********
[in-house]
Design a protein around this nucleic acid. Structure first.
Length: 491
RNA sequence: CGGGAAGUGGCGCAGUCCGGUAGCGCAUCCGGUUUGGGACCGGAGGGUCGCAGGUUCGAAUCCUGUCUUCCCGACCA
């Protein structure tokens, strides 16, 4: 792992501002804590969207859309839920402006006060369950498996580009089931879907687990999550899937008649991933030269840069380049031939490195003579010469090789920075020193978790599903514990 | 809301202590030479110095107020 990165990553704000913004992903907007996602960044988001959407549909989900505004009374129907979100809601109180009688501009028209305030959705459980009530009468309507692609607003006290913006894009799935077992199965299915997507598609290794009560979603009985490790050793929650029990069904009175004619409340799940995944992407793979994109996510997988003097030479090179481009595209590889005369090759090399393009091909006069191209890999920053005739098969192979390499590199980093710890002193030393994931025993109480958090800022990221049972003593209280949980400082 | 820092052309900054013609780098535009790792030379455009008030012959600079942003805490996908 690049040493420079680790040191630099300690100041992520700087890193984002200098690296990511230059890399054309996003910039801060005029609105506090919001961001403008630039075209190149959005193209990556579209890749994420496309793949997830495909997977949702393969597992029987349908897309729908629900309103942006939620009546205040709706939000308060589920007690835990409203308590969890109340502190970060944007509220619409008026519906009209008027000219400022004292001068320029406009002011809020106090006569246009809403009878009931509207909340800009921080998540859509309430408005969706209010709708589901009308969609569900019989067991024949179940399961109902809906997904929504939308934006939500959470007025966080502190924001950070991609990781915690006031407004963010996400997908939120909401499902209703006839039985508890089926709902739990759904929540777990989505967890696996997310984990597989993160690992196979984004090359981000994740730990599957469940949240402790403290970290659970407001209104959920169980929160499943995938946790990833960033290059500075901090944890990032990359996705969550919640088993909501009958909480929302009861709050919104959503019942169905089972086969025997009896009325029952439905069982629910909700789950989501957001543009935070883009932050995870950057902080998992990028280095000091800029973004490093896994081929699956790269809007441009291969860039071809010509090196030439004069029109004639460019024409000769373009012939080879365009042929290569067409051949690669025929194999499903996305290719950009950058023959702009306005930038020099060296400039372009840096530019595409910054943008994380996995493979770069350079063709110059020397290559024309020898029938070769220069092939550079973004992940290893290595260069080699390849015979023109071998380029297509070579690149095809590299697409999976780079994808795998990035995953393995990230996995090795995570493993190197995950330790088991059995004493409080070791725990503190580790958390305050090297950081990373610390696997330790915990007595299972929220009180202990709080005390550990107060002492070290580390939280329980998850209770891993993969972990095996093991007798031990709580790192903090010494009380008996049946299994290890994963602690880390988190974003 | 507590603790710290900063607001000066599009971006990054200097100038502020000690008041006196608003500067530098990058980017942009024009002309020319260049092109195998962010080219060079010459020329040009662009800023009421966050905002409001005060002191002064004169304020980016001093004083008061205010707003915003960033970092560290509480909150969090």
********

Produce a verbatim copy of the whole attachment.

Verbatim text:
[in-house]
Design a protein around this nucleic acid. Structure first.
Length: 491
RNA sequence: CGGGAAGUGGCGCAGUCCGGUAGCGCAUCCGGUUUGGGACCGGAGGGUCGCAGGUUCGAAUCCUGUCUUCCCGACCA
């Protein structure tokens, strides 16, 4: 792992501002804590969207859309839920402006006060369950498996580009089931879907687990999550899937008649991933030269840069380049031939490195003579010469090789920075020193978790599903514990 | 809301202590030479110095107020 990165990553704000913004992903907007996602960044988001959407549909989900505004009374129907979100809601109180009688501009028209305030959705459980009530009468309507692609607003006290913006894009799935077992199965299915997507598609290794009560979603009985490790050793929650029990069904009175004619409340799940995944992407793979994109996510997988003097030479090179481009595209590889005369090759090399393009091909006069191209890999920053005739098969192979390499590199980093710890002193030393994931025993109480958090800022990221049972003593209280949980400082 | 820092052309900054013609780098535009790792030379455009008030012959600079942003805490996908 690049040493420079680790040191630099300690100041992520700087890193984002200098690296990511230059890399054309996003910039801060005029609105506090919001961001403008630039075209190149959005193209990556579209890749994420496309793949997830495909997977949702393969597992029987349908897309729908629900309103942006939620009546205040709706939000308060589920007690835990409203308590969890109340502190970060944007509220619409008026519906009209008027000219400022004292001068320029406009002011809020106090006569246009809403009878009931509207909340800009921080998540859509309430408005969706209010709708589901009308969609569900019989067991024949179940399961109902809906997904929504939308934006939500959470007025966080502190924001950070991609990781915690006031407004963010996400997908939120909401499902209703006839039985508890089926709902739990759904929540777990989505967890696996997310984990597989993160690992196979984004090359981000994740730990599957469940949240402790403290970290659970407001209104959920169980929160499943995938946790990833960033290059500075901090944890990032990359996705969550919640088993909501009958909480929302009861709050919104959503019942169905089972086969025997009896009325029952439905069982629910909700789950989501957001543009935070883009932050995870950057902080998992990028280095000091800029973004490093896994081929699956790269809007441009291969860039071809010509090196030439004069029109004639460019024409000769373009012939080879365009042929290569067409051949690669025929194999499903996305290719950009950058023959702009306005930038020099060296400039372009840096530019595409910054943008994380996995493979770069350079063709110059020397290559024309020898029938070769220069092939550079973004992940290893290595260069080699390849015979023109071998380029297509070579690149095809590299697409999976780079994808795998990035995953393995990230996995090795995570493993190197995950330790088991059995004493409080070791725990503190580790958390305050090297950081990373610390696997330790915990007595299972929220009180202990709080005390550990107060002492070290580390939280329980998850209770891993993969972990095996093991007798031990709580790192903090010494009380008996049946299994290890994963602690880390988190974003 | 507590603790710290900063607001000066599009971006990054200097100038502020000690008041006196608003500067530098990058980017942009024009002309020319260049092109195998962010080219060079010459020329040009662009800023009421966050905002409001005060002191002064004169304020980016001093004083008061205010707003915003960033970092560290509480909150969090």